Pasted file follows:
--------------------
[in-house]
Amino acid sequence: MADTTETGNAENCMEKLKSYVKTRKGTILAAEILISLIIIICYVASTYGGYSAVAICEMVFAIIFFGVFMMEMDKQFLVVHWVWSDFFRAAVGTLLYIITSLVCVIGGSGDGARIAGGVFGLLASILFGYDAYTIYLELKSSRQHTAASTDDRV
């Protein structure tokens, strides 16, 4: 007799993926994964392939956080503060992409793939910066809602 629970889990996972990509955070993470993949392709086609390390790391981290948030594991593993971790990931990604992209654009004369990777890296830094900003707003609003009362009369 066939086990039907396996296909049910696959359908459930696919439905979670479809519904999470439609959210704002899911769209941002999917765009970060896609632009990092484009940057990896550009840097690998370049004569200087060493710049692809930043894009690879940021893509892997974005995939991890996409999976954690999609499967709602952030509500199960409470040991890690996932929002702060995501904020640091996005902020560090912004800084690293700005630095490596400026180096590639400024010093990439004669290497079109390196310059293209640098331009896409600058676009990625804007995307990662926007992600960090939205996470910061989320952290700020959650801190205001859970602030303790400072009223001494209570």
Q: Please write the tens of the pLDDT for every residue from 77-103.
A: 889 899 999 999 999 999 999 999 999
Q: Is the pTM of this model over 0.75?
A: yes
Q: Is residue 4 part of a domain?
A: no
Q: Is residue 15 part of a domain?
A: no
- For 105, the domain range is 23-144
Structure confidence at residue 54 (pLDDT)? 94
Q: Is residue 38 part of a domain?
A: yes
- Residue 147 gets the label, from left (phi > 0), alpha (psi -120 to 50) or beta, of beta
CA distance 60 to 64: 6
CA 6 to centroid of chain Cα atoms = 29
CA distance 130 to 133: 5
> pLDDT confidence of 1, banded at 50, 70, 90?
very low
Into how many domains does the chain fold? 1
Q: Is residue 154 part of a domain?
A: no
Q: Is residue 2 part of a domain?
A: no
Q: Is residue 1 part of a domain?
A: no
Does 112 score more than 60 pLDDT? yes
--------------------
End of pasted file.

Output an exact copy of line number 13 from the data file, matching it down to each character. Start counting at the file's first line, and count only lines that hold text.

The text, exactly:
Structure confidence at residue 54 (pLDDT)? 94